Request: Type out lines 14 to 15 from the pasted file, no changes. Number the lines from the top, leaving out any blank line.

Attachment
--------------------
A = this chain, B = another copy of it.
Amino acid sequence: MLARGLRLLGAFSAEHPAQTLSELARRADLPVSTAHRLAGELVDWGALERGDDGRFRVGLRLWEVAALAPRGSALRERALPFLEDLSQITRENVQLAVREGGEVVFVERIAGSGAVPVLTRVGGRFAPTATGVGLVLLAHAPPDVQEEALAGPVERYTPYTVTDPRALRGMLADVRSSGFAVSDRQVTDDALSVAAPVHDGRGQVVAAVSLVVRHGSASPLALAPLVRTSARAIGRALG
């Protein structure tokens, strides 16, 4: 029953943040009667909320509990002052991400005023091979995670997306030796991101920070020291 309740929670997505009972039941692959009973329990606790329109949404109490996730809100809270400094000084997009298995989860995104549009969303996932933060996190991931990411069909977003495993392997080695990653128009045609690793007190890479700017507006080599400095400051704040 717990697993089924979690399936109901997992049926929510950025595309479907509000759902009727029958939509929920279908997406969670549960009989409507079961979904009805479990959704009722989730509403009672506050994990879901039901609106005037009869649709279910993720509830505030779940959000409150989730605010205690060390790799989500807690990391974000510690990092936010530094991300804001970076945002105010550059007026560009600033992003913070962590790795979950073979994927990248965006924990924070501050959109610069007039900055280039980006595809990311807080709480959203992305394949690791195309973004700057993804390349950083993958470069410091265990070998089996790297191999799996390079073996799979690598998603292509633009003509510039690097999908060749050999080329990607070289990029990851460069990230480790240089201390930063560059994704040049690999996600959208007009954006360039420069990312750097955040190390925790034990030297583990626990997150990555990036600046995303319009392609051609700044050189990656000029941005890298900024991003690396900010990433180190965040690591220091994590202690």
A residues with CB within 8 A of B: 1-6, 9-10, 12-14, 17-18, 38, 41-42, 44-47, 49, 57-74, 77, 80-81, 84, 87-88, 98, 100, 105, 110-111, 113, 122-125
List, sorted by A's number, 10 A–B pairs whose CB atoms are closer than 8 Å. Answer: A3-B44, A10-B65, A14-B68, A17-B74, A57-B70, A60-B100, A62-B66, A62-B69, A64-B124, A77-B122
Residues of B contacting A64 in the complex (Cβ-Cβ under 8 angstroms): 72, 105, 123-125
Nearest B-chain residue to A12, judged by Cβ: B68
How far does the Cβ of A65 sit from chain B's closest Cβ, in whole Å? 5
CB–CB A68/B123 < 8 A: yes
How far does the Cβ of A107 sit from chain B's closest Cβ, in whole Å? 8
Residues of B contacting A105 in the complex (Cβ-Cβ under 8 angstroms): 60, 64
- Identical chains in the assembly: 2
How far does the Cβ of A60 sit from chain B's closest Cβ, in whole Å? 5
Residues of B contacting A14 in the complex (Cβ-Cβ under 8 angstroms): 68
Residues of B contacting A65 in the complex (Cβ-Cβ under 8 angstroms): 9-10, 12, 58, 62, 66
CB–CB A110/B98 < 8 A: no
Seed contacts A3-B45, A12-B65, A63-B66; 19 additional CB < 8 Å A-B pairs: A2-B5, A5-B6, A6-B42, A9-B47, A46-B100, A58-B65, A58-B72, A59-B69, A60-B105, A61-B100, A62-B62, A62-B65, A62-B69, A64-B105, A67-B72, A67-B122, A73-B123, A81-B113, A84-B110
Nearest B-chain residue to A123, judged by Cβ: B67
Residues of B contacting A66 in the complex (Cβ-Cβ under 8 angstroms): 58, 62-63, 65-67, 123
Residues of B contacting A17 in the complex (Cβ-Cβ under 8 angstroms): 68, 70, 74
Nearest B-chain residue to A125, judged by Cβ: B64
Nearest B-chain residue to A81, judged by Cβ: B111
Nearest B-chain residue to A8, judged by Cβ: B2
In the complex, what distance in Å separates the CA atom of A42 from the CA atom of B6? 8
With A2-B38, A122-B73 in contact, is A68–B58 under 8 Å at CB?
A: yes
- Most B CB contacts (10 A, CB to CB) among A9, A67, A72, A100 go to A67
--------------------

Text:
Residues of B contacting A14 in the complex (Cβ-Cβ under 8 angstroms): 68
Residues of B contacting A65 in the complex (Cβ-Cβ under 8 angstroms): 9-10, 12, 58, 62, 66